Science Fair Project Encyclopedia
Government Communications Headquarters
GCHQ is the responsibility of the UK Secretary of State for Foreign and Commonwealth Affairs. Its role is to provide the Government and armed forces with SIGINT as required under the guidance of the Joint Intelligence Committee in support of government policies.
GCHQ was established in 1946 as the successor to the GC&CS, which had been the government cryptographic organisation since 1919 (sometimes referred to as the Golf, Cheese, and Chess Society). It ran the famous organization at Bletchley Park during the Second World War, which broke the German Enigma and Tunny codes.
GC&CS in turn was the successor to the Room 40 group under Admiral Reginald (Blinker) Hall .
After World War II
GCHQ was at first based in London, but in 1953 moved to the outskirts of Cheltenham, setting up two sites there - Oakley and Benhall. It was not officially avowed until 1983. The following year GCHQ was the centre of a political row when the Conservative government of Margaret Thatcher prohibited its employees from joining a Trade Union. It was claimed that joining such a union would be in conflict with national security. The ban was eventually lifted by the incoming Labour government in 1997.
Post Cold War
Post-Cold War, the aims of GCHQ were set out by the Intelligence Services Act (1994). At the end of 2003, GCHQ moved to a new 'doughnut' shaped HQ, at the time the second largest public sector building project in Europe with an estimated cost of just under £350 million. The new building is the base for all of GCHQ's Cheltenham operations.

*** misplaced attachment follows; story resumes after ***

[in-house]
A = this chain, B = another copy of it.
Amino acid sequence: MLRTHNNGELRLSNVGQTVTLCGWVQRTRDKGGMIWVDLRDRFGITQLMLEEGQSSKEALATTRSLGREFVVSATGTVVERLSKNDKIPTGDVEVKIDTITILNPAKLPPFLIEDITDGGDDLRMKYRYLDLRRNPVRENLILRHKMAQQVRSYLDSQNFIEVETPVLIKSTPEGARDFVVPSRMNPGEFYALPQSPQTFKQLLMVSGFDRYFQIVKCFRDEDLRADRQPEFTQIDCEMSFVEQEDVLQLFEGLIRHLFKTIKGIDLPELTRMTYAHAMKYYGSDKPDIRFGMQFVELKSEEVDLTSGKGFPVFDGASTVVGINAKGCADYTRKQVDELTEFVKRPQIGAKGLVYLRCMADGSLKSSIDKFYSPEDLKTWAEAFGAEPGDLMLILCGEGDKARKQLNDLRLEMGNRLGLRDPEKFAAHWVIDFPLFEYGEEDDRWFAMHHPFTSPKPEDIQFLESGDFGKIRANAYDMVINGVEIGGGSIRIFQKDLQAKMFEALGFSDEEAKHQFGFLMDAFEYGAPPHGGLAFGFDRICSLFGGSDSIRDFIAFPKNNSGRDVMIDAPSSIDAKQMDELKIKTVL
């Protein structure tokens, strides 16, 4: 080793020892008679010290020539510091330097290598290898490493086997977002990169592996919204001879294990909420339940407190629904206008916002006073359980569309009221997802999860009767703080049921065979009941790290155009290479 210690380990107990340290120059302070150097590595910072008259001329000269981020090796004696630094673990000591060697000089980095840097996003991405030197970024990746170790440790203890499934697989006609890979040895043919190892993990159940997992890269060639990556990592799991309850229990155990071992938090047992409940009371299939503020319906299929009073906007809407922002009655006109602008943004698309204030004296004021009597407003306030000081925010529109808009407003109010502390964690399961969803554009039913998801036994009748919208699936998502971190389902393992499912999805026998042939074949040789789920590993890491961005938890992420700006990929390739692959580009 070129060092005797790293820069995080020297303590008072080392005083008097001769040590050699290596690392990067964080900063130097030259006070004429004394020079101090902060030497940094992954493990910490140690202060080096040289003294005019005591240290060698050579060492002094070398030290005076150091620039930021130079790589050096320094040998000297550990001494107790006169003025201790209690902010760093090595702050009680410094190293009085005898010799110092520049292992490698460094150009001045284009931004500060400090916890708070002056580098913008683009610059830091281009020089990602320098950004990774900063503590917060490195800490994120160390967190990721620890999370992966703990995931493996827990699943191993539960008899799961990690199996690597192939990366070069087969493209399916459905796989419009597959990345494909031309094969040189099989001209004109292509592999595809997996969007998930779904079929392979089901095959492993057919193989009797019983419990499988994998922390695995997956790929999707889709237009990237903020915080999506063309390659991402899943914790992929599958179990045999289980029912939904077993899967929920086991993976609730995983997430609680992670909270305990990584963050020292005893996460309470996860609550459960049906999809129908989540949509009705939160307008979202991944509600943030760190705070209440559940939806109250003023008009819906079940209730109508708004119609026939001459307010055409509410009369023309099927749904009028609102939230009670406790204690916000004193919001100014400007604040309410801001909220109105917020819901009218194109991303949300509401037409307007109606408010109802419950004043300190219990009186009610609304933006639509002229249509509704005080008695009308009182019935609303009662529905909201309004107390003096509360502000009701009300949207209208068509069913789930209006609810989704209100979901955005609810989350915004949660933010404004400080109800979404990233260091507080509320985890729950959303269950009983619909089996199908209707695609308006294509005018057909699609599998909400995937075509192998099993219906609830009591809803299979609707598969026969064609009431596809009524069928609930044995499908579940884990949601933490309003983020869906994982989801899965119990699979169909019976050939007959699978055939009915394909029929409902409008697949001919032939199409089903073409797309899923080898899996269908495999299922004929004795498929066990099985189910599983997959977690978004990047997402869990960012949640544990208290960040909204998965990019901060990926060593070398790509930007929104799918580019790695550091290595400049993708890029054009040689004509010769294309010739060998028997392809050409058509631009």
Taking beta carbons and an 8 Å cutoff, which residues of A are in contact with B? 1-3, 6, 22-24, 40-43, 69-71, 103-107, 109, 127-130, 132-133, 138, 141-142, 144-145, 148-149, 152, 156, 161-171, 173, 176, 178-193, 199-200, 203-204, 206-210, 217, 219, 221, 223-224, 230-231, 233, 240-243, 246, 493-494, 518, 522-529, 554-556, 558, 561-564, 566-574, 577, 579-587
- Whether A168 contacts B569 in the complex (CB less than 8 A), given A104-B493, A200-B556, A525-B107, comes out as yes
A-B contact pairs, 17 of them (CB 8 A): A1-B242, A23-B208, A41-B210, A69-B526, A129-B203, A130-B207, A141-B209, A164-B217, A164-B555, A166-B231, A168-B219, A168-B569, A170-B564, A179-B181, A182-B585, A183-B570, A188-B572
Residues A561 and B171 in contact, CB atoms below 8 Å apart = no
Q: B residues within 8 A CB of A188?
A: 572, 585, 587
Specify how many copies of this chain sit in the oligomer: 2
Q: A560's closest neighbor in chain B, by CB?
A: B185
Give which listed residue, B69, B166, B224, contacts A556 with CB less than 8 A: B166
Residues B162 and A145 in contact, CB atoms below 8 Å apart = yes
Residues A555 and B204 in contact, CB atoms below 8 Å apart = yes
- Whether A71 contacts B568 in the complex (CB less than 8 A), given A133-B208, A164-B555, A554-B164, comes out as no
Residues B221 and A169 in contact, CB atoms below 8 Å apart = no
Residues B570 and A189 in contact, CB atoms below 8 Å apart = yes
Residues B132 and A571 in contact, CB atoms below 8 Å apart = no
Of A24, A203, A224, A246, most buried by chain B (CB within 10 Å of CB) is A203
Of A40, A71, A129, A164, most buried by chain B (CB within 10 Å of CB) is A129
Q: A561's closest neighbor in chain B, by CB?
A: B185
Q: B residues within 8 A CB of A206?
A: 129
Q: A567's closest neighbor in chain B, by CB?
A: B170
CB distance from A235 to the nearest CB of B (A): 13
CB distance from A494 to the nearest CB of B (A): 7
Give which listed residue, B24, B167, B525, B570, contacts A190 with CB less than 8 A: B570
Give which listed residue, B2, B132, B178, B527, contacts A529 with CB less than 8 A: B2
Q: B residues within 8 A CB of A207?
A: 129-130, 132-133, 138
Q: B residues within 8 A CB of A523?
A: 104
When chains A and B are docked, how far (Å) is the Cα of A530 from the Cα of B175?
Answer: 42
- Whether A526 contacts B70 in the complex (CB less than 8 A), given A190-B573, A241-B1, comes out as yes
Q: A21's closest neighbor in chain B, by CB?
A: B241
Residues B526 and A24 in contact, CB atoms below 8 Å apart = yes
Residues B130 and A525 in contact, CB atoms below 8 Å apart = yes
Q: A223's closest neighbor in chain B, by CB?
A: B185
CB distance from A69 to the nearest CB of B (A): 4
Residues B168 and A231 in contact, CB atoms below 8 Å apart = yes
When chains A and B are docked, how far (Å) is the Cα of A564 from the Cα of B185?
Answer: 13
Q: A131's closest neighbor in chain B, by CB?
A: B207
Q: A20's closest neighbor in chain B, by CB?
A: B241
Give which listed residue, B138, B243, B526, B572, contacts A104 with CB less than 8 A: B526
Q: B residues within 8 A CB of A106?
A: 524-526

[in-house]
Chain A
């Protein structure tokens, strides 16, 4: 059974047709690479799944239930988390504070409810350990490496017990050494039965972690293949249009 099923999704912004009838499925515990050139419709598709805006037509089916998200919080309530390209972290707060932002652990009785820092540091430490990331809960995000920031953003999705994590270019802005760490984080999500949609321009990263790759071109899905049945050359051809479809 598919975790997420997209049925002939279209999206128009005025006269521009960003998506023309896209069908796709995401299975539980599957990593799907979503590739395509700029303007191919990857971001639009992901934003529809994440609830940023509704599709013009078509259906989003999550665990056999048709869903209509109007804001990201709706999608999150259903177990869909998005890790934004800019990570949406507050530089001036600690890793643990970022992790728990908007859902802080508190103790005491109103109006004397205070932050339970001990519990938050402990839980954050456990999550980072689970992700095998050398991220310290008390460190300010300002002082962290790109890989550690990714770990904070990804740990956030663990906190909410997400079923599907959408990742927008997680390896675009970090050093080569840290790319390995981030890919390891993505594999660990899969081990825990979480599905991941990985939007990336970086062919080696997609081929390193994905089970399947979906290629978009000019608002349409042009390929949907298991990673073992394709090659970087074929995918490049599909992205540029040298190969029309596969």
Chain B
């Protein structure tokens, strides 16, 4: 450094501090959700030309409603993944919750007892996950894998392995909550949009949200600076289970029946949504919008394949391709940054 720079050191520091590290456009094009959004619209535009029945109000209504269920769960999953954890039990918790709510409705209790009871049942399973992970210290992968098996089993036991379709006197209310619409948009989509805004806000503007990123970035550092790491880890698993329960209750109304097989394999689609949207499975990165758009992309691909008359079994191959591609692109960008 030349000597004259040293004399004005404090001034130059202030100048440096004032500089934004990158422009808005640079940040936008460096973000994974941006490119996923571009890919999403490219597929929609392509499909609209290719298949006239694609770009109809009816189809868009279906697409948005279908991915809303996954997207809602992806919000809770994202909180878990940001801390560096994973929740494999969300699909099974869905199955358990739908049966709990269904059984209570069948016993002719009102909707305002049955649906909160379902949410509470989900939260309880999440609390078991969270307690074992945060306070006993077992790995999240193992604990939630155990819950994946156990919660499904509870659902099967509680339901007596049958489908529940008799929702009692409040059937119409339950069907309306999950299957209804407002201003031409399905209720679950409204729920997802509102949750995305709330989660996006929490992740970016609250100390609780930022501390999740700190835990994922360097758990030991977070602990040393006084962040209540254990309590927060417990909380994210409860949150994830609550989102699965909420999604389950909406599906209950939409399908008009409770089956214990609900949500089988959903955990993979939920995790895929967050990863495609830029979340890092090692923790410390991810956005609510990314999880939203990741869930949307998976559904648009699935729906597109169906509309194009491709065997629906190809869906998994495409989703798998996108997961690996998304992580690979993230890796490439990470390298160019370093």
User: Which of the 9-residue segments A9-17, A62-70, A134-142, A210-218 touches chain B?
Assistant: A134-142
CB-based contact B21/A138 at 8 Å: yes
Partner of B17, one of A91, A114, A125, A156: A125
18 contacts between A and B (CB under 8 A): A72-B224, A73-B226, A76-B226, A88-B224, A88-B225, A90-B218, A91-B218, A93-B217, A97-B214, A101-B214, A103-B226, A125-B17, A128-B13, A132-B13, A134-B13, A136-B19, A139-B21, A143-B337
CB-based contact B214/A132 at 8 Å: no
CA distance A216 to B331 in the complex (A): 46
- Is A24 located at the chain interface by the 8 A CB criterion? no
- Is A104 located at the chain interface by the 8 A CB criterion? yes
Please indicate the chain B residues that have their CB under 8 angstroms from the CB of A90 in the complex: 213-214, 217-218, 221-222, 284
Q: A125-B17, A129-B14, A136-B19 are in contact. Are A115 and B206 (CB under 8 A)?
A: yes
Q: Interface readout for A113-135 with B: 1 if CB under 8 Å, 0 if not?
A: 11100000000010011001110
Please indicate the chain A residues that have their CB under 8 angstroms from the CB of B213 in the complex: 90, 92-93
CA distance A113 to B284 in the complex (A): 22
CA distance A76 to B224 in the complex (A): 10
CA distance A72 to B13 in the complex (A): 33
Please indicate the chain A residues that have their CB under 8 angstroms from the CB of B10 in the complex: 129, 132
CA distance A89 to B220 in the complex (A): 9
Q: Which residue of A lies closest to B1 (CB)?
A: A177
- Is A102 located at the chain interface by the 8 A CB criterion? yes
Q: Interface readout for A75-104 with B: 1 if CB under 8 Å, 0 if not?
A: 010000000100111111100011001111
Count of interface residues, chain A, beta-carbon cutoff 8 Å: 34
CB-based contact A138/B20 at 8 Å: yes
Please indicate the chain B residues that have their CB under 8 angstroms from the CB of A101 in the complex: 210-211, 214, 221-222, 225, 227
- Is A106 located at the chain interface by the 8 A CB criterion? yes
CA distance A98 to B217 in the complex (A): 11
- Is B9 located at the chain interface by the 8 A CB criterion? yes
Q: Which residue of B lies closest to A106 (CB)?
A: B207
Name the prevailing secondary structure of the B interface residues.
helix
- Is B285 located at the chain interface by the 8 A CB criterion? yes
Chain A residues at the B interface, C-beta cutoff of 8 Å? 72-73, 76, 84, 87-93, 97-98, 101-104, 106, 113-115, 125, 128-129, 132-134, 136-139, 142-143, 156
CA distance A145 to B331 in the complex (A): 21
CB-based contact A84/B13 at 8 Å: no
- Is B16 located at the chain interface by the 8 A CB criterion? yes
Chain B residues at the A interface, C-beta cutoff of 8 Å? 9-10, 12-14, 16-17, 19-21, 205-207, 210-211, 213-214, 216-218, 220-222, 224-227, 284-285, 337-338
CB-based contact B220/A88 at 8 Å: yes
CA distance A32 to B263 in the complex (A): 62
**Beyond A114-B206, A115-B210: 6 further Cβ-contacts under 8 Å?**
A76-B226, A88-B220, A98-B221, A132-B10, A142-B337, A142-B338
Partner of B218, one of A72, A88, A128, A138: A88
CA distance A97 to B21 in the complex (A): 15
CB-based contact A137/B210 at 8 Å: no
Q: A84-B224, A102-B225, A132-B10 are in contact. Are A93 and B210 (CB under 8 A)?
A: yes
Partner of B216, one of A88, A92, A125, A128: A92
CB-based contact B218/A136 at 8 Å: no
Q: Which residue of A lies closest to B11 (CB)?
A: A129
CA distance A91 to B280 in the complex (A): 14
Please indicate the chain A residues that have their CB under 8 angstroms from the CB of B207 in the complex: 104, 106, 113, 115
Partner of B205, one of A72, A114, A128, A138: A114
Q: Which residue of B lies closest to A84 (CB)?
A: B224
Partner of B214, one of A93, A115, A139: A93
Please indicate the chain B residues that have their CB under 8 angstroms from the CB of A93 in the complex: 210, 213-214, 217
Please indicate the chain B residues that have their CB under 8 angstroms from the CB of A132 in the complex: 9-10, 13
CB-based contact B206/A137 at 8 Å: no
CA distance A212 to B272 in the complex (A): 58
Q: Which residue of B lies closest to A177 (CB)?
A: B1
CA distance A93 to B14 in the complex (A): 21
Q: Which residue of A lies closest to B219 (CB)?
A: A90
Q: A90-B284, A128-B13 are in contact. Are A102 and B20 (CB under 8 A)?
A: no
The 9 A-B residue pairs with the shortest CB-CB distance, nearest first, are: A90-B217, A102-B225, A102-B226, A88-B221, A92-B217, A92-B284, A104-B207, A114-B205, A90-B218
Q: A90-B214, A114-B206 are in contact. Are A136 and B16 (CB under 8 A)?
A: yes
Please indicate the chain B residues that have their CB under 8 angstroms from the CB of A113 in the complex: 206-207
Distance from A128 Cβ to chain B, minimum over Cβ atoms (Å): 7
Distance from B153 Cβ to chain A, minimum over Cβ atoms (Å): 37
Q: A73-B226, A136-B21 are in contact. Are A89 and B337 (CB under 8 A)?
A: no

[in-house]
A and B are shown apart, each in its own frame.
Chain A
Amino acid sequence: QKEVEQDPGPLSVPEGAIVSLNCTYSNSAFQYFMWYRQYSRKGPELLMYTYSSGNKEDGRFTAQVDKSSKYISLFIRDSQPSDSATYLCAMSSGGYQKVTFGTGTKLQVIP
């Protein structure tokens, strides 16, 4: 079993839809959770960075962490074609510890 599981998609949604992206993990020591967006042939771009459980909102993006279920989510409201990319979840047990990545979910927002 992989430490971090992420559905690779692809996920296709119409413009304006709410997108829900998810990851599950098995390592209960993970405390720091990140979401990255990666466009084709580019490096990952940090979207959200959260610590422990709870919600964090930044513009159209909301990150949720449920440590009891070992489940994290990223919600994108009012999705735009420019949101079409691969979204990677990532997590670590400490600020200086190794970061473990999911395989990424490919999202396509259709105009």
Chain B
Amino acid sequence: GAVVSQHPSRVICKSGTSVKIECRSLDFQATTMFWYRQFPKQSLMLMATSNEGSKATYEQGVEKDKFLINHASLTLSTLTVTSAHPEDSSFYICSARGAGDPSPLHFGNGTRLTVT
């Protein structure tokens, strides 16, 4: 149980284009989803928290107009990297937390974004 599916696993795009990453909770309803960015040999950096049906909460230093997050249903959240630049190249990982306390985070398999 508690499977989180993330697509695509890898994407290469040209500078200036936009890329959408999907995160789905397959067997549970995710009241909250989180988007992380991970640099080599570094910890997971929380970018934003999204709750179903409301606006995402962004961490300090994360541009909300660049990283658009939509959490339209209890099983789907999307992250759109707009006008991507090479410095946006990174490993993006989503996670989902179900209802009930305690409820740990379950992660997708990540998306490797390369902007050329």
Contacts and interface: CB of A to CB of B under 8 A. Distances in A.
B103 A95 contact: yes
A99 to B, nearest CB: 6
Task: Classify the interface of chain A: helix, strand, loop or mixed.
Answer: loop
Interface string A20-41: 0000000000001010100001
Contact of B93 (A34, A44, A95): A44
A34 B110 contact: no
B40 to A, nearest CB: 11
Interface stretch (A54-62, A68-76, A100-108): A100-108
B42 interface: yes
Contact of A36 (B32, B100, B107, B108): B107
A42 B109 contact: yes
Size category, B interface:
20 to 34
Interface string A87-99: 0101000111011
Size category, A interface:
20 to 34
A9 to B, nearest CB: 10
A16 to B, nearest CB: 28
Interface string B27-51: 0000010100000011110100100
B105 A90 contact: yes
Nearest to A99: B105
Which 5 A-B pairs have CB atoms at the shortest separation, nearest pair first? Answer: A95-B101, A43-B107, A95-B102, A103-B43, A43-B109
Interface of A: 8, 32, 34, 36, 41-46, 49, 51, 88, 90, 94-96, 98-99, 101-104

GCHQ gains its intelligence by monitoring a wide variety of communications and other electronic signals. For this a number of stations have been established in the UK and overseas which are run by the Composite Signals Organisation for GCHQ. The Composite Signals Organisation Station, at Morwenstowe in Bude, Cornwall is directly subordinate to GCHQ. The listening stations are at Cheltenham itself, GCHQ CSO Morwenstowe, GCHQ CSO Ascension Island, with the Americans at Menwith Hill, and the Columbia Annex (CANX).
In addition to SIGINT, GCHQ provides assistance to Government Departments on their own communications security. This task is given to the Communications-Electronics Security Group (CESG) of GCHQ. CESG is the UK national technical authority for information assurance, including cryptography. CESG does not manufacture security equipment, but works with industry to ensure the availability of suitable products and services, while GCHQ itself can fund research into such areas, for example to the Centre for Quantum Computing at Oxford University.
The public spotlight fell on GCHQ in late 2003 and early 2004 following the sacking of Katharine Gun after she leaked a confidential email from agents at the American National Security Agency to GCHQ agents about the wire-tapping of UN delegates in the run-up to the 2003 Iraq war.
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